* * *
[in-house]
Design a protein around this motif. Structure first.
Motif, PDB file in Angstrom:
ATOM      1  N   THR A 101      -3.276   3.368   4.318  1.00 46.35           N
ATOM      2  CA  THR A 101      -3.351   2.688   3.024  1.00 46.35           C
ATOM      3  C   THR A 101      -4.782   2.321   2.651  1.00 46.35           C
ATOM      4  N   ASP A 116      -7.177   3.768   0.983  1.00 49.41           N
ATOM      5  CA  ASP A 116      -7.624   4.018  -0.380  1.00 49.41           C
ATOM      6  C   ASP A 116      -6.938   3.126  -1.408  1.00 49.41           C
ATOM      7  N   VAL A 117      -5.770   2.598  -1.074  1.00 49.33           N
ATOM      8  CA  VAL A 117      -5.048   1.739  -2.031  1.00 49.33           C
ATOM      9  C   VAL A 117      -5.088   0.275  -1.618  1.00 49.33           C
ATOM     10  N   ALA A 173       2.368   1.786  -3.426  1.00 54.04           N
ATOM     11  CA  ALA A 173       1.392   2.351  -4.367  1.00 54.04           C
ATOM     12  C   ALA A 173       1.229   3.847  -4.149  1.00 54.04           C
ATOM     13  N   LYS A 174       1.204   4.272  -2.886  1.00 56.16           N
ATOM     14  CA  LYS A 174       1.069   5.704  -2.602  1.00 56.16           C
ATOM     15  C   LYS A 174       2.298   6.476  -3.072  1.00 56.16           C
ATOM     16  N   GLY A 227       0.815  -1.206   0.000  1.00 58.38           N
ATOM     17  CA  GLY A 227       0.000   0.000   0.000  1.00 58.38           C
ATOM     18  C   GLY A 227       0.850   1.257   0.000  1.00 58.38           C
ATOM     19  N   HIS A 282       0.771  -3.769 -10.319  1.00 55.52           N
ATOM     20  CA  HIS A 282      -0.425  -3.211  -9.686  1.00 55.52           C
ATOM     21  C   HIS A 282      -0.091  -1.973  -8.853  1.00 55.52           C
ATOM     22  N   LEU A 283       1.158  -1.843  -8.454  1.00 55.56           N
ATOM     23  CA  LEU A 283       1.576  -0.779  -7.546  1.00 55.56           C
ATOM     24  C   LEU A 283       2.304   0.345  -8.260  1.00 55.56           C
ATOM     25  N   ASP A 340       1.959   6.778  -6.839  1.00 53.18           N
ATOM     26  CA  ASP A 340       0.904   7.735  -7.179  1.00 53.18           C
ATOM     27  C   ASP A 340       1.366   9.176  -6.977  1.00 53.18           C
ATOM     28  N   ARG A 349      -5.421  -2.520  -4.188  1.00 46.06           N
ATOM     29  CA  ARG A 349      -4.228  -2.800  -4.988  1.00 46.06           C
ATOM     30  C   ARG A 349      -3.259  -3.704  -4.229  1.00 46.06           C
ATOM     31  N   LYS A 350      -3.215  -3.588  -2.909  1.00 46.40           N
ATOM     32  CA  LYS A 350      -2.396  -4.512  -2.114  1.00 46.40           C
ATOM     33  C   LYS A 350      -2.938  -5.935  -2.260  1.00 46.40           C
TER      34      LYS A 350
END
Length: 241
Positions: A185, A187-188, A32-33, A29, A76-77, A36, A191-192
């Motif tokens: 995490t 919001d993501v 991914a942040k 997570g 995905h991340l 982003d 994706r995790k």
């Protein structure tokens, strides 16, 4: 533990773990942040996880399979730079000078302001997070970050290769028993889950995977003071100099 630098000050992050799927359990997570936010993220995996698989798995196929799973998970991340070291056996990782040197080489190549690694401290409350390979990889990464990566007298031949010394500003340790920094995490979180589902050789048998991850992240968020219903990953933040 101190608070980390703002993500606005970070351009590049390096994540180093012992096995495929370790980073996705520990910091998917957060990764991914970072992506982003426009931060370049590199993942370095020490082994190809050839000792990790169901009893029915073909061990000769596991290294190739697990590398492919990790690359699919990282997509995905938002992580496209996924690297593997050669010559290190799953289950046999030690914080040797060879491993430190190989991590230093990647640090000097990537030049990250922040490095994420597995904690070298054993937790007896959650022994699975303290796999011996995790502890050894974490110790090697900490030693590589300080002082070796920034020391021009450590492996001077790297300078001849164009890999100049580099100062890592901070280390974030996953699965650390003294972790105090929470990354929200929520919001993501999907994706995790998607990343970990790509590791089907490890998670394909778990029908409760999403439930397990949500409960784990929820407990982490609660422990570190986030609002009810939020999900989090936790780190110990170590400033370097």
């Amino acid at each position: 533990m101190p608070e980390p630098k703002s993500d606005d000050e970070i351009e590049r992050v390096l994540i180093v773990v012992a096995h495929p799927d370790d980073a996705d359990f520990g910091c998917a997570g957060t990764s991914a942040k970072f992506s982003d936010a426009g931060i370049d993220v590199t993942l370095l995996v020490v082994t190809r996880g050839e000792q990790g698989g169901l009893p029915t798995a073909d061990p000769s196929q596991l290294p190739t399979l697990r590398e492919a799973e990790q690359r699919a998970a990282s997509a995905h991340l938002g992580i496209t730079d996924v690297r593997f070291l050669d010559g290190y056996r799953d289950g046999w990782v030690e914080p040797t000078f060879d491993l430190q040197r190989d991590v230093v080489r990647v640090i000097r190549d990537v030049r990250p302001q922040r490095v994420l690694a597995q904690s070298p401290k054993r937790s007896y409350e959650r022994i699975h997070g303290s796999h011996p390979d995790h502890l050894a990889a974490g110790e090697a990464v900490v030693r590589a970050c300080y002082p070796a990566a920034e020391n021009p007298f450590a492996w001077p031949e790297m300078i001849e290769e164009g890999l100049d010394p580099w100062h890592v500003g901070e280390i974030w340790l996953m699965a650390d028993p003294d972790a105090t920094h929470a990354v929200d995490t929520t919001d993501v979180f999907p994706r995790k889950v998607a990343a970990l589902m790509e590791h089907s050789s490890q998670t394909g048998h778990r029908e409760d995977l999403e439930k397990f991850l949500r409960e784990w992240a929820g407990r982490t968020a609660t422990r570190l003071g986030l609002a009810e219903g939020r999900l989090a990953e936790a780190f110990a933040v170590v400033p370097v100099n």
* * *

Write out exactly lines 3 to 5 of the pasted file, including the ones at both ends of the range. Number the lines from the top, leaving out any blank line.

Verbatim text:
Motif, PDB file in Angstrom:
ATOM      1  N   THR A 101      -3.276   3.368   4.318  1.00 46.35           N
ATOM      2  CA  THR A 101      -3.351   2.688   3.024  1.00 46.35           C